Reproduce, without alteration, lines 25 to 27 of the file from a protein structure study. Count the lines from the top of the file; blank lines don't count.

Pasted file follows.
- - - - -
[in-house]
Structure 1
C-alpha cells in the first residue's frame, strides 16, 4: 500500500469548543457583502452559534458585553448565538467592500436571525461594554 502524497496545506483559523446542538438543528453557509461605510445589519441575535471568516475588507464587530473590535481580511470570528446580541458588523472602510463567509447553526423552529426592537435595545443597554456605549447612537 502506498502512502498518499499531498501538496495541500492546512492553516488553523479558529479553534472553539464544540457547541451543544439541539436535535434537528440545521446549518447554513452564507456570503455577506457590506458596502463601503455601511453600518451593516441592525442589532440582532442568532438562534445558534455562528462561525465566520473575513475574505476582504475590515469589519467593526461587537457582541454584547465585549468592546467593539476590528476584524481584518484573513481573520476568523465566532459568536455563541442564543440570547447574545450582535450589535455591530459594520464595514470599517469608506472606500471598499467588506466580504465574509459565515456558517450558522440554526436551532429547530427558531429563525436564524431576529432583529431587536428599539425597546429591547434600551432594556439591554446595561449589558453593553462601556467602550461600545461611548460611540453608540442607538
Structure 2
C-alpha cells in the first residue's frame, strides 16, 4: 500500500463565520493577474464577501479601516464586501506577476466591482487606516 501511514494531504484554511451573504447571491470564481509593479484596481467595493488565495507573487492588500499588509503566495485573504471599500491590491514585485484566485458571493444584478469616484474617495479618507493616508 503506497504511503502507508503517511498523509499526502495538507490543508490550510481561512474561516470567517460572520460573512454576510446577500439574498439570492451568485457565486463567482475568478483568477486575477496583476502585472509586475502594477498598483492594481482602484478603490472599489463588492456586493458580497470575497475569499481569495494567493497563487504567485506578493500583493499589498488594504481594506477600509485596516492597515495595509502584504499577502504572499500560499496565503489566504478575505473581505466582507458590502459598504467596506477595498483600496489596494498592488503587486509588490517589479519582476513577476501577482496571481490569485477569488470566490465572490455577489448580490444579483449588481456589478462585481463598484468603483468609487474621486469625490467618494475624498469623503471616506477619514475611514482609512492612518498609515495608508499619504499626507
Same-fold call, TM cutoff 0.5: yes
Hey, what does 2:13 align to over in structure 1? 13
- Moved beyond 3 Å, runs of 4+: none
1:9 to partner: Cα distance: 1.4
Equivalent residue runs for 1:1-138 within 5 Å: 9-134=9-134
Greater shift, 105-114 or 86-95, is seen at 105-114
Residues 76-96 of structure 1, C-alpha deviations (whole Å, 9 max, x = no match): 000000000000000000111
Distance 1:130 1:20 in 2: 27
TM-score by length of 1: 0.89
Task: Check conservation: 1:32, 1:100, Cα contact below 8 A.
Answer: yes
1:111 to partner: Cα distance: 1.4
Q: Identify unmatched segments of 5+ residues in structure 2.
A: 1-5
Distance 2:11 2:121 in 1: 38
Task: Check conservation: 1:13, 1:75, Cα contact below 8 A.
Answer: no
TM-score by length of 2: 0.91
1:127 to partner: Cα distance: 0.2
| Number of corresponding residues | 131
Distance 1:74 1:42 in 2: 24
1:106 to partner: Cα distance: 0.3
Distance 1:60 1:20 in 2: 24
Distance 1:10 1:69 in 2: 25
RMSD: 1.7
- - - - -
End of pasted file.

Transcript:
| Number of corresponding residues | 131
Distance 1:74 1:42 in 2: 24
1:106 to partner: Cα distance: 0.3